Review: Mindfire – Big Ideas for Curious Minds

Scott Berkun - Mindfire Big Ideas for Curious Minds With the self publishing revolution well underway, if there is one work which should be taken as a roadmap of how to go about doing it, it is perhaps Mindfire by Scott Berkun. Like both the previous books I reviewed a while ago, I knew about the existence of this one by following Scott’s blog. What makes my route to this author different from the others is that I came to his blog via one of his other books – coincidentally the first e-book I ever bought.

Scott Berkun is the author of Making Things Happen and it is a masterful study of how to do software project management well. I’ve read it twice now and occasionally dip back into it when a project I’m running is going off the rails. The reason I have been in any way succesful as a Project Manager is because I read that book. It should be compulsory reading for anyone charged with the task.

Obviously I was already a big fan of Berkun’s work, but over the past decade he has left the world of software project management behind and become a top class public speaker and an essayist. There is a distinction, even in our current day and age, between a blogger and an essayist – while many of the pieces in this book have appeared on his blog, the older craft of essay writing shines through in this work. These pieces are deceptively simple, they follow tight structures that you will hardly notice in the same way as you don’t notice the metal frame holding up the building you are in or the subtle contours in a sonnet, they are each suitably sized to get the whole of the concept in question into your brain in one helping and every one of them is a belter.

“Most days we avoid big thoughts. We stay busy with small things. Despite our wishes, we know real thinking takes us places we may not be prepared for.”

The preface, which invites you to acivate your mind, contains this small warning. The title is also no misnomer. The opening set of essays are under the section title “Gasoline”, part two is “Sparks” and the concluding set are “Fire”.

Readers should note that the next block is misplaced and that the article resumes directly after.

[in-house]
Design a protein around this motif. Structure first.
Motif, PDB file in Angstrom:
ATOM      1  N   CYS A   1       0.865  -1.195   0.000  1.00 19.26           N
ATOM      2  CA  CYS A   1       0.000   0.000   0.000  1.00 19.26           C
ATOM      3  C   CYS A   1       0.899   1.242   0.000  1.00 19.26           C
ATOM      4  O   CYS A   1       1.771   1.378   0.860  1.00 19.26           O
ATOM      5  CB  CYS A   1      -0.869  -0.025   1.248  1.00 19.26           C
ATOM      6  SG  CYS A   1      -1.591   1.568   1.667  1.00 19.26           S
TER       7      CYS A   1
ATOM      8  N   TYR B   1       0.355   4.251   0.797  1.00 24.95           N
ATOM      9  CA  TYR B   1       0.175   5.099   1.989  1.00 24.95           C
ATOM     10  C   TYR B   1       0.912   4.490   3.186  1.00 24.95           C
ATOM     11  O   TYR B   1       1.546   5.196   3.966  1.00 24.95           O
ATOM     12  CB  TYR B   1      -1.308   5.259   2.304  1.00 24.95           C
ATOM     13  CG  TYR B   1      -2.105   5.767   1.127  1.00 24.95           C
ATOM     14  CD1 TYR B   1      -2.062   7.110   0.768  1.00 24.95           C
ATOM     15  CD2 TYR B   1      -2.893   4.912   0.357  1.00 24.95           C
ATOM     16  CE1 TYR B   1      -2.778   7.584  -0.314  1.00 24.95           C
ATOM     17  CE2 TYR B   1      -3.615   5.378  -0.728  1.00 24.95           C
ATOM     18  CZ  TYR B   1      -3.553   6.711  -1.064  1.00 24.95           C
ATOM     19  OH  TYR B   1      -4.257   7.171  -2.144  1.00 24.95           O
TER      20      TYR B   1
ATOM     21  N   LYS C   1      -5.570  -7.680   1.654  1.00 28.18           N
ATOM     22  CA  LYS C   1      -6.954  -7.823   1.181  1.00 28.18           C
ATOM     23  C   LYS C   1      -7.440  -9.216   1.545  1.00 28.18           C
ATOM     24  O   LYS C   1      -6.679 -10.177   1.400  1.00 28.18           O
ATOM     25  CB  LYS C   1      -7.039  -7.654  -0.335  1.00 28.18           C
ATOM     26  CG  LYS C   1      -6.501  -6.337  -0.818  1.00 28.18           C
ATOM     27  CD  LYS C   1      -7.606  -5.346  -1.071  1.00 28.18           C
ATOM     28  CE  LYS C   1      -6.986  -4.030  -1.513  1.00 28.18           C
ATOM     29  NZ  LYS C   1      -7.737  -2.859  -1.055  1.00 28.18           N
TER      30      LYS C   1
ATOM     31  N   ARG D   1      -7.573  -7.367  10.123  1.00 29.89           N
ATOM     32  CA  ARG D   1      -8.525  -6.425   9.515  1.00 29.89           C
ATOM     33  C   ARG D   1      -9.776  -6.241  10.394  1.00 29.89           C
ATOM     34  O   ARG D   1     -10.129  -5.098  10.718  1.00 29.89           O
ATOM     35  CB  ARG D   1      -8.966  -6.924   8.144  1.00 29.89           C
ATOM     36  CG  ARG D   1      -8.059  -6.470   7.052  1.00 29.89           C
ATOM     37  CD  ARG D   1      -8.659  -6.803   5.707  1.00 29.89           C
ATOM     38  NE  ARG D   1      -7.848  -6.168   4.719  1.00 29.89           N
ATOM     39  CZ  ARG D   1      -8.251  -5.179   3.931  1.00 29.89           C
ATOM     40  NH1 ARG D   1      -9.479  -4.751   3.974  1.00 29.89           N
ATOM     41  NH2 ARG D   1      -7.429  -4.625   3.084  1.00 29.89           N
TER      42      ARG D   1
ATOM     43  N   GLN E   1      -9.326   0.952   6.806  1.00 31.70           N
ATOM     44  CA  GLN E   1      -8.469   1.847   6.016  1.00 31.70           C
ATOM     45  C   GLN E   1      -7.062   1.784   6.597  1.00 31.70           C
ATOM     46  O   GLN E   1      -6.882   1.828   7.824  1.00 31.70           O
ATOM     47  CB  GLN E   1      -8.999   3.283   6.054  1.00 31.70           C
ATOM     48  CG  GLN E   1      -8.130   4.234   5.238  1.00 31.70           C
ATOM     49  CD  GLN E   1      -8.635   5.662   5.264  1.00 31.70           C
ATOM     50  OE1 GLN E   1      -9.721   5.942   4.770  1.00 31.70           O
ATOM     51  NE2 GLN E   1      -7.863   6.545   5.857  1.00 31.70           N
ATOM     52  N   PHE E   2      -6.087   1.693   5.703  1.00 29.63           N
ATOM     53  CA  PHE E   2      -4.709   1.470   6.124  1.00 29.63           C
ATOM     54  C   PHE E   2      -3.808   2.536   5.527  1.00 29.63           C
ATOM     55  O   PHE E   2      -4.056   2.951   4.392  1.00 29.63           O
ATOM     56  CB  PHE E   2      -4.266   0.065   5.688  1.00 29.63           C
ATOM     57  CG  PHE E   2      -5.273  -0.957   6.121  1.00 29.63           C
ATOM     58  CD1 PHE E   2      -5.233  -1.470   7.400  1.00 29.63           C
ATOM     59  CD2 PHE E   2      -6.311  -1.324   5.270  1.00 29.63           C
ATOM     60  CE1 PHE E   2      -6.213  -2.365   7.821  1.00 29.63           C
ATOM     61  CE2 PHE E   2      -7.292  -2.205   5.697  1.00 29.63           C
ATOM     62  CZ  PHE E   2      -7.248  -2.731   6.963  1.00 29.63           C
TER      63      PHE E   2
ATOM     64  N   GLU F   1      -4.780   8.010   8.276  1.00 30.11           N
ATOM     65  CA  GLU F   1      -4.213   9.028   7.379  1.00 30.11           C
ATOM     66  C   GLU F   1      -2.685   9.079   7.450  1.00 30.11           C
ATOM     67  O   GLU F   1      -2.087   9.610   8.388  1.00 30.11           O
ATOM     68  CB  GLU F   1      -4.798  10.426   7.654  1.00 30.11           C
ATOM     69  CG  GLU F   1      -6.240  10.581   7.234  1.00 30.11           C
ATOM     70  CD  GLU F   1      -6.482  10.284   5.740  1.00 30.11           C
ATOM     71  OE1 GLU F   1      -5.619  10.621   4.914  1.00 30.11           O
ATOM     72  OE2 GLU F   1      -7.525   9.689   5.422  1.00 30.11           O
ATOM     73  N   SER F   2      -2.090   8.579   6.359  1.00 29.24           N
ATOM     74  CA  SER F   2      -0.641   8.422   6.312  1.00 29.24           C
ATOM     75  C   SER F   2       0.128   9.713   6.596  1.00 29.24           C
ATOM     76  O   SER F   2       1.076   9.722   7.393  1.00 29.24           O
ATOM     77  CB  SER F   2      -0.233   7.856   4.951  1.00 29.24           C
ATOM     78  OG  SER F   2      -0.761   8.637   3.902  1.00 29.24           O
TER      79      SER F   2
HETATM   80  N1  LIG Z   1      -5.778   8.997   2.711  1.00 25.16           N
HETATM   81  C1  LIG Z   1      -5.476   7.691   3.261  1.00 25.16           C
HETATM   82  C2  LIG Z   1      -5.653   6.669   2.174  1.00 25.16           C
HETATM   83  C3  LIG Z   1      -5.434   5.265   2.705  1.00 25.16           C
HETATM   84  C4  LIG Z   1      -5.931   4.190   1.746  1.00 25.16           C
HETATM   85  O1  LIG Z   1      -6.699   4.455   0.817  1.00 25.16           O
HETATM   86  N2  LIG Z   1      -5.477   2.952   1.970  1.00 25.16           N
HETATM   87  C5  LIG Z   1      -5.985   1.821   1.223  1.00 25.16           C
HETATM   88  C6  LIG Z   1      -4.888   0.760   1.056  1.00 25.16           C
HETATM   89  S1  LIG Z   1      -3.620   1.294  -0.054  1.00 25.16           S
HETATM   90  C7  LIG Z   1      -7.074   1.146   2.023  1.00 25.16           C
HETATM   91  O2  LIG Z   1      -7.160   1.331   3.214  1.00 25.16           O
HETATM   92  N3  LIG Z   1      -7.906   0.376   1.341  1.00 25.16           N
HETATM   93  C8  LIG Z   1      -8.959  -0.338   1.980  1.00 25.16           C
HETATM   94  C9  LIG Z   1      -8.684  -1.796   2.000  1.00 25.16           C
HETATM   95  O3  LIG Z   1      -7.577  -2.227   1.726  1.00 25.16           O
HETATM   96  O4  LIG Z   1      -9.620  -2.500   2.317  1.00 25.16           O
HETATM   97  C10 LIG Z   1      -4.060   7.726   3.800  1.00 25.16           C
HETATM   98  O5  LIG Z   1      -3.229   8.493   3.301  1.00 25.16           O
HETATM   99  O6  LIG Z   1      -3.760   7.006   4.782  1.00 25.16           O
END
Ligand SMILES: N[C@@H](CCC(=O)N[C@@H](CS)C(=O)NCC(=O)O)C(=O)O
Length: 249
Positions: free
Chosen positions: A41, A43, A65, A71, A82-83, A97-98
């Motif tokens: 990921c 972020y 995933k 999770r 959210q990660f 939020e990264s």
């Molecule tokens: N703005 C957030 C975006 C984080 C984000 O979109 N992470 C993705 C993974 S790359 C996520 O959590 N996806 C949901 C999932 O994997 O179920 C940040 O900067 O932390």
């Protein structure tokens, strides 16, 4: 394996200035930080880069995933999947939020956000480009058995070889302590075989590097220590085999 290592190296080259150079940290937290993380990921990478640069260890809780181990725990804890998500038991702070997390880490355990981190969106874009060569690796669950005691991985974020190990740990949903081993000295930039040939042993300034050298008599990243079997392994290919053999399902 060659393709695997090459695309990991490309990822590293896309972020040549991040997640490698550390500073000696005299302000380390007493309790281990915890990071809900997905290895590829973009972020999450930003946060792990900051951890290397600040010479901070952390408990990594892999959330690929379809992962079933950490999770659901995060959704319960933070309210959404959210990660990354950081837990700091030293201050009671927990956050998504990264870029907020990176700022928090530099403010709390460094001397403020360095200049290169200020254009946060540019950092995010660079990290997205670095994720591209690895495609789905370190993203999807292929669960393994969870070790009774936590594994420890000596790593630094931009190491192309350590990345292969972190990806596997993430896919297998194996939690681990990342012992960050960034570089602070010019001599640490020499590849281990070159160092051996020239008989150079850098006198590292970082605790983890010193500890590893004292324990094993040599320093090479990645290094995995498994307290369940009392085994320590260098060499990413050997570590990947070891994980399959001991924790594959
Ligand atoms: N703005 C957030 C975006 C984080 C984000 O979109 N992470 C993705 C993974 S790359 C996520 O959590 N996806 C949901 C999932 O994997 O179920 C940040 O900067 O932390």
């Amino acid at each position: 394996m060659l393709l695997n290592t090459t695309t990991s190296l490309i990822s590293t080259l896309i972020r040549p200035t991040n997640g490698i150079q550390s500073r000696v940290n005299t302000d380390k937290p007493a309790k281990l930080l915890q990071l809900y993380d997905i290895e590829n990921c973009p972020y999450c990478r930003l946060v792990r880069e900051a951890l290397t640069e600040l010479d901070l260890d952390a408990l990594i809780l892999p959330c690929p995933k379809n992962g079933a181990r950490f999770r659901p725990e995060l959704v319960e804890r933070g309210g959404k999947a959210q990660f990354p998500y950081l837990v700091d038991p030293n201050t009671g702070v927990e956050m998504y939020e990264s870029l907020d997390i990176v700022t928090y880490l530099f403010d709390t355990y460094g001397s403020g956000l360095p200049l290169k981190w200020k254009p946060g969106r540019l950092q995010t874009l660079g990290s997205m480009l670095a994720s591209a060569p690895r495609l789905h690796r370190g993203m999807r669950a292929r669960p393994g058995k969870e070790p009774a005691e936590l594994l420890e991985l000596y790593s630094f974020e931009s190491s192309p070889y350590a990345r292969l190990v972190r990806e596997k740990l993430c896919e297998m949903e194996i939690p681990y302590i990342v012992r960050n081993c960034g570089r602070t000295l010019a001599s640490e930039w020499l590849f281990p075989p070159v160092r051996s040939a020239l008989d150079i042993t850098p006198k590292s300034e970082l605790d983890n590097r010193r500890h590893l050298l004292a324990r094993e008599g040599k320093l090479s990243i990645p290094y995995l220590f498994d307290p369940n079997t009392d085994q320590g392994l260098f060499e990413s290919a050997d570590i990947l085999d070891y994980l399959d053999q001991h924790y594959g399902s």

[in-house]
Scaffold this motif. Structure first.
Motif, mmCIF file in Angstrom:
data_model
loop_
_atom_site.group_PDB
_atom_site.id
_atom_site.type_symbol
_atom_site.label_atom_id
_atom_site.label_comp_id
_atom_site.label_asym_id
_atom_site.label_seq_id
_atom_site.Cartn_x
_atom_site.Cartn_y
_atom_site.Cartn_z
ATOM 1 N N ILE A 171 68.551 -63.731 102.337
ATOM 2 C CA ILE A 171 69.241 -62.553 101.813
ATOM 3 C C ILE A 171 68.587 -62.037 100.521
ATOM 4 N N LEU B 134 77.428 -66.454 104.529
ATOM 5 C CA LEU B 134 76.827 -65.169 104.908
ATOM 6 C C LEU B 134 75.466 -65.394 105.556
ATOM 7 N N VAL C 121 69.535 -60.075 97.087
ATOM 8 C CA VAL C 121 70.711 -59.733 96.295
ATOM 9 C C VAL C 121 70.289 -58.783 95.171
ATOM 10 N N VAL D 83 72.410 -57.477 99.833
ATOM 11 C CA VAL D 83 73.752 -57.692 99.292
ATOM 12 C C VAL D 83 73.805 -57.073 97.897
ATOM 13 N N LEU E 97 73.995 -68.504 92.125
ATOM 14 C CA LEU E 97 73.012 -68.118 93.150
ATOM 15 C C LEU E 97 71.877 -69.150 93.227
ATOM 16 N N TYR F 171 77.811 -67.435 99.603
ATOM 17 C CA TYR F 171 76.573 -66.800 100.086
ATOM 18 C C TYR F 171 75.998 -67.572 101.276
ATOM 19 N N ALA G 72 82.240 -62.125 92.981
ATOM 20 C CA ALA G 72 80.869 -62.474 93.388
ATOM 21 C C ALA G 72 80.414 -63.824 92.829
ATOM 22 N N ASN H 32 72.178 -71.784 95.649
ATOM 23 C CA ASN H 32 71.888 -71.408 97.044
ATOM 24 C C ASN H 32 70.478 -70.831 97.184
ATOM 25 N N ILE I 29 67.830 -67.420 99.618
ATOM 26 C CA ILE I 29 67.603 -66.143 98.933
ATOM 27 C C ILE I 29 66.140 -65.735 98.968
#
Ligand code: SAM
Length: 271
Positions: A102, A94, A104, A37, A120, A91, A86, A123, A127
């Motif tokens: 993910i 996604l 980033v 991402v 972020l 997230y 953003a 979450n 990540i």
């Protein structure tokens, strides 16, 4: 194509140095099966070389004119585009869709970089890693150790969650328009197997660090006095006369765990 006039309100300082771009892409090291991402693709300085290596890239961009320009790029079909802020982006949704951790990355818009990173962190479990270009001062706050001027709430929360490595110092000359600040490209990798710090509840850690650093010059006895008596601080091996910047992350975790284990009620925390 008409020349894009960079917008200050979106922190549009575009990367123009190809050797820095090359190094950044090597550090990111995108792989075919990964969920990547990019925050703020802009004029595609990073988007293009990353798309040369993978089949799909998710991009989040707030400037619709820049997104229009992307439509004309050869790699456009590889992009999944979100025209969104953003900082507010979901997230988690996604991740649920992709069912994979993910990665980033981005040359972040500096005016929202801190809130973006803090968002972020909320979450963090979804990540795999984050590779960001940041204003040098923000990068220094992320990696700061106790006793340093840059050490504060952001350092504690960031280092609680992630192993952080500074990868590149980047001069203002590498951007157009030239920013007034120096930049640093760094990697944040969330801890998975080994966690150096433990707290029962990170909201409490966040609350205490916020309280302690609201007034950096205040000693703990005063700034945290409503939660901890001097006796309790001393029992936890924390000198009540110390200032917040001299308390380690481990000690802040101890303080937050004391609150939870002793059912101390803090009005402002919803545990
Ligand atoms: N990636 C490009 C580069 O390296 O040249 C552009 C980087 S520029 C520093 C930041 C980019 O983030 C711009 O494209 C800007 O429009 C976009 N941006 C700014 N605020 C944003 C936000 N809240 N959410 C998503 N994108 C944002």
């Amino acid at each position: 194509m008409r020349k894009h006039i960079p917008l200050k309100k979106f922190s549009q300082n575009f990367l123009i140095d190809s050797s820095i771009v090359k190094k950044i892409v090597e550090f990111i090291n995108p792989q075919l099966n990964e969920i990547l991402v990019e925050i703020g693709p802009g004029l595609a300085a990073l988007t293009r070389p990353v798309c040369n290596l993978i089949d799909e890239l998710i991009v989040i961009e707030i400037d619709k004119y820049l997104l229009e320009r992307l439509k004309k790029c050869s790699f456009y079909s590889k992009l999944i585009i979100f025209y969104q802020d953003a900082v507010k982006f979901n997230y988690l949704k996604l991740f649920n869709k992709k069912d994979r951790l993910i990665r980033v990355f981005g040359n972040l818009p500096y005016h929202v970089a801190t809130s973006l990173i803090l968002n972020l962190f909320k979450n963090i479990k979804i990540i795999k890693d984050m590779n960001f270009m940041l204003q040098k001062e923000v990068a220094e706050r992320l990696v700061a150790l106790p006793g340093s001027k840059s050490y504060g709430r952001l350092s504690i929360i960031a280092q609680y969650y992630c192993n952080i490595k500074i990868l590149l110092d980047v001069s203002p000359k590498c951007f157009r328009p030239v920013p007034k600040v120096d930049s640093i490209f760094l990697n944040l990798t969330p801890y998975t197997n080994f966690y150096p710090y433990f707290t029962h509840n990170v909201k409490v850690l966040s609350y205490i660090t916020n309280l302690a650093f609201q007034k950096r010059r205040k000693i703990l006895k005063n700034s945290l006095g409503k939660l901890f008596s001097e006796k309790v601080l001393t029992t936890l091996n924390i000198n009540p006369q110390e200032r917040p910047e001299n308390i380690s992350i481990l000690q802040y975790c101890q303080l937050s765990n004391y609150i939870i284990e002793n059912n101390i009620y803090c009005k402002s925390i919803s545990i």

In Gasoline, we examine many aspects of what it is like to work in today’s world. What we do and how we do it. What other people do and why they do it. What it means to be busy rather than working hard or productively and creatively, the differences between wants, needs and passions. By the end of them, you can find yourself looking at the world with newly opened eyes and hungry to hear what can be done with this more open perspective on the world.

The essays in Sparks, you might expect to then be a fast and hot expansions on the earlier work. They aren’t – that is very much more the feel of the final section. While none of the essays in this book are weak, this is the least strong section. It is a set of works aimed at delving deeper into how you could use your time and creativity more directly and get better results from them. The flow through this section is a bit bumpy but none-the-less has good and enjoyable pieces in it; “Why you Must Lead or Follow” is perhaps the single most challenging essay in the book.

Fire is the meaty tail end of the meal and explores how to really get on and do. It does this by examining making mistakes (both how to make good mistakes and strategies for avoiding bad ones), how to think creatively even under constraints and how to avoid the trap of believing in a bad idea, which smart people are all too prone to.

The book itself was kickstarter funded, with offers ranging from signed copies of the book to new posts written on a topic of your choice. The amount of attention that has gone into the design of the printed edition is phenomenal, it is a physically beautiful book and nothing short of the top level a normal publishing house could produce.

The design and editorial work are what set this as a work apart from the other two I reviewed recently. There is no question, if you are going the self-published route that this is the gold standard.

For anyone interested in examining themselves and the world around them and are the least bit curious about seeing if there is a way to see a little more or a little farther then these are fine pair of giant’s shoulders to be standing on.
Loved it. Highly recommended.